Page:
This country is just dumb. Literally dumb.

    • The problem is not in DUMBNESS. The problem is BALL-LESSNESS.

  • My understanding of the “democracy” question and the Founding is that the FFs established a mixed system of democracy (House), aristocracy (Senate) and monarchy (President), because they wanted the best elements from all three while each segment checks their worst elements of the others out of existence.

  • The_Bobster

    The Great Society programs and even Head Start have proven to be abysmal failures. Have they been voted out? We need more sunset laws where programs have to prove they are working. Otherwise, they’re gone.

  • ed

     I think you’re wrong on Korea……..   I have family there.  There is a faction of lala students who demonstrate about american soldiers leaving and they have some valid points…… like black soldier crime and many of all races (american soldiers) can be boorish at times.  But a vast majority of Koreans are well aware of the horror to the North and how we saved them from that and continue to do so………  not to mention the large shadow to the west of Korea called china……..  that will probably not end very well either.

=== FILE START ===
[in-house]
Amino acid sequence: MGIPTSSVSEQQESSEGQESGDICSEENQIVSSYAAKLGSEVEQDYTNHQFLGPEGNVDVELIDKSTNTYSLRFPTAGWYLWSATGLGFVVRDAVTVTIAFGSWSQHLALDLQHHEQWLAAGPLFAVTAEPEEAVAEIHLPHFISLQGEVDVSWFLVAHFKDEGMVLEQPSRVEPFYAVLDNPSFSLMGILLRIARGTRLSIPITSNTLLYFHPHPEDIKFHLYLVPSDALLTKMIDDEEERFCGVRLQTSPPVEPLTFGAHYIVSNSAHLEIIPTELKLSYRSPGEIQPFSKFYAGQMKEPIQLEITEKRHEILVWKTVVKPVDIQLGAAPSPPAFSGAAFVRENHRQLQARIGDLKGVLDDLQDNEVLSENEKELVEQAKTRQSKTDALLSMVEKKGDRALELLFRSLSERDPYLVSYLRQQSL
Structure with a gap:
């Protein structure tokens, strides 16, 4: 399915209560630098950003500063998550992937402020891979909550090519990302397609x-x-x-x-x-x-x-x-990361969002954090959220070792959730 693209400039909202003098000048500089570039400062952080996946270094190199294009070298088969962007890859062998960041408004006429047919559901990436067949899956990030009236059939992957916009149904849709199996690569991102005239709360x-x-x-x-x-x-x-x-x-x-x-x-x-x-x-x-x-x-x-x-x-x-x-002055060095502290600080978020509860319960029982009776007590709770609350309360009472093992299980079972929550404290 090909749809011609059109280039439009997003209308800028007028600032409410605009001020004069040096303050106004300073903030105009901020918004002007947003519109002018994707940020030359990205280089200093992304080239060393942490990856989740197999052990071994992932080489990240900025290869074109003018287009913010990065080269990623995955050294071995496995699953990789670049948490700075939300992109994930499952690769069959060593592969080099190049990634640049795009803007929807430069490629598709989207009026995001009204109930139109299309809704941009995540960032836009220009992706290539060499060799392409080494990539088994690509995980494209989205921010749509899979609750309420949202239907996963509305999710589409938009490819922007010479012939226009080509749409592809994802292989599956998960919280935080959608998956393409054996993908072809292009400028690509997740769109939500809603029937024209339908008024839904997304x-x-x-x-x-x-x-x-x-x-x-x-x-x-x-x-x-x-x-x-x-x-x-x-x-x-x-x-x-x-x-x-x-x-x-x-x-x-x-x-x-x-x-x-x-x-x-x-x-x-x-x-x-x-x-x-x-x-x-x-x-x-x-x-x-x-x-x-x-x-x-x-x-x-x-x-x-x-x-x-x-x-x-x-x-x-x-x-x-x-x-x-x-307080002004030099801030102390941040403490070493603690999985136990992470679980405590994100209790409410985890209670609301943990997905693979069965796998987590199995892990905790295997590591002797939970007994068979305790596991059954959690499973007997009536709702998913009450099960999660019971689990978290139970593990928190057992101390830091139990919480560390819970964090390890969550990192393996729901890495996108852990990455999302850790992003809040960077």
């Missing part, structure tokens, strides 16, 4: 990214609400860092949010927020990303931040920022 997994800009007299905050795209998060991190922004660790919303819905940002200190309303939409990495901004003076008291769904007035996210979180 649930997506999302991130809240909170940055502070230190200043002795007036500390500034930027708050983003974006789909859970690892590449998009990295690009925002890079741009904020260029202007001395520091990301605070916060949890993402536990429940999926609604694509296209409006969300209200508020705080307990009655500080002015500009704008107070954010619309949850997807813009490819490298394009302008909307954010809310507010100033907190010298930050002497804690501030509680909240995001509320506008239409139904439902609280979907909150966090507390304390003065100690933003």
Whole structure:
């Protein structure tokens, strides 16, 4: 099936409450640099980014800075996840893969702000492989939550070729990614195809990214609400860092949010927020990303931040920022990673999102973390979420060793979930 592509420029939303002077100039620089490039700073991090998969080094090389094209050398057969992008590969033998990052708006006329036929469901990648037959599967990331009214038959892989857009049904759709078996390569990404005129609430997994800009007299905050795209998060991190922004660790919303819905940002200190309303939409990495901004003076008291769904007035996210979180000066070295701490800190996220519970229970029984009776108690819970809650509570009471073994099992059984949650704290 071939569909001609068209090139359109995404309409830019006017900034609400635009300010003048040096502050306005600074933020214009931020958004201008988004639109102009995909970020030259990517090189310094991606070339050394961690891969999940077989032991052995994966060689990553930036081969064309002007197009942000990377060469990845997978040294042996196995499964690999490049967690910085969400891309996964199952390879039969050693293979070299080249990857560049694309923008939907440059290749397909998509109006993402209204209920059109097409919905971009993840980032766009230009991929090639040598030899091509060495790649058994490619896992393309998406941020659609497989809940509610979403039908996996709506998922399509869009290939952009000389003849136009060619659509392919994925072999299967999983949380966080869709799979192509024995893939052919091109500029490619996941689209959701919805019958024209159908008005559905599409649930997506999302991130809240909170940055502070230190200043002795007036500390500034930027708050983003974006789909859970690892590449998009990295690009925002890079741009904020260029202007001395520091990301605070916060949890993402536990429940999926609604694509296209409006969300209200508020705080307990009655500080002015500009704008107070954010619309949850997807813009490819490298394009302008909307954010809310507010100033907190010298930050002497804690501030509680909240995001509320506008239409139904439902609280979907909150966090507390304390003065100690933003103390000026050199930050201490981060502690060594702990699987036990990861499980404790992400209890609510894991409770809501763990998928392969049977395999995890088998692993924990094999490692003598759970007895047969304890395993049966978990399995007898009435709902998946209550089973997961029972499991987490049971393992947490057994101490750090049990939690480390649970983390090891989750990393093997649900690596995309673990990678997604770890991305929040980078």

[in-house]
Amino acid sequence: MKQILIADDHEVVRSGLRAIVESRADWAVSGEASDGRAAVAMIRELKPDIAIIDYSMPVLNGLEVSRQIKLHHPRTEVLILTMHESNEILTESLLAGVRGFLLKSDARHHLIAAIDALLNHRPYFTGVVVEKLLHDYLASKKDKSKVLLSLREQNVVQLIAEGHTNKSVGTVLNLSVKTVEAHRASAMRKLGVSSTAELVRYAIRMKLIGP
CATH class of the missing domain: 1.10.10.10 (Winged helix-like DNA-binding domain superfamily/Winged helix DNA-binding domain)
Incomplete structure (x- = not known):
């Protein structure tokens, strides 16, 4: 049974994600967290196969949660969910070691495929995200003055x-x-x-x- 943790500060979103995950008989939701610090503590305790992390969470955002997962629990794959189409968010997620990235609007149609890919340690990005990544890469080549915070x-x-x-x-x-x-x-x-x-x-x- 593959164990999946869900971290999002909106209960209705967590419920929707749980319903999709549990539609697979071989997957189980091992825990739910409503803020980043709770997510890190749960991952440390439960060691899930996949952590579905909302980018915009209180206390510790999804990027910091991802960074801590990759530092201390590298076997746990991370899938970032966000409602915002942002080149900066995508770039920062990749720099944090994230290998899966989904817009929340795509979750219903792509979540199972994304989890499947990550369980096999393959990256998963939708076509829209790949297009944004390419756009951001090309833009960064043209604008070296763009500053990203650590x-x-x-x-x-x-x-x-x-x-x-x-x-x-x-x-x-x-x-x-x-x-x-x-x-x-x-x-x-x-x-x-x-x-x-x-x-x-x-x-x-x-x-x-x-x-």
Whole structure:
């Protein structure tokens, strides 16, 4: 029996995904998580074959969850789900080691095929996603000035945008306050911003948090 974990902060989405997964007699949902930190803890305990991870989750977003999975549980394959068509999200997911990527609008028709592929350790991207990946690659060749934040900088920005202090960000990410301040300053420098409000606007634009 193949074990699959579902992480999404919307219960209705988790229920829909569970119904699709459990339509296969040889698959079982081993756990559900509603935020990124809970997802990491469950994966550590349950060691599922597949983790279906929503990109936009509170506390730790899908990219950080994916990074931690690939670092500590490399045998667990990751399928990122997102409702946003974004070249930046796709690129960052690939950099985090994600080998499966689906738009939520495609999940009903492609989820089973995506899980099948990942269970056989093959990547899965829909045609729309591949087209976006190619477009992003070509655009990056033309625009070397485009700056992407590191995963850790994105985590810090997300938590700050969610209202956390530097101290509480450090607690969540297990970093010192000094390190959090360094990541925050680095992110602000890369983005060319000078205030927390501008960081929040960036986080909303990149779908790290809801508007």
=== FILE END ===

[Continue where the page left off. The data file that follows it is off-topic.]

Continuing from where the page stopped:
but North Korea is unbelievable in the horror show they are living.

  • JohnEngelman

    I wrote “minority persuasions,” not “minorities. Those who wish to expel Americans not of European descent, and those who wish to restrict them to second class citizenship adhere to a minority persuasion. They could only get their way under a dictatorship. A dictatorship in the United States is unlikely to share their agenda. 
    No, I do not only care about white people. I care about those who remind me of myself. The Jews and Orientals I have known as friends remind me of myself more than whites who dislike them because they are not white Gentiles. 

    • loyalwhitebriton

      “I care about those who remind me of myself”

      “The Jews and Orientals I have known as friends…..”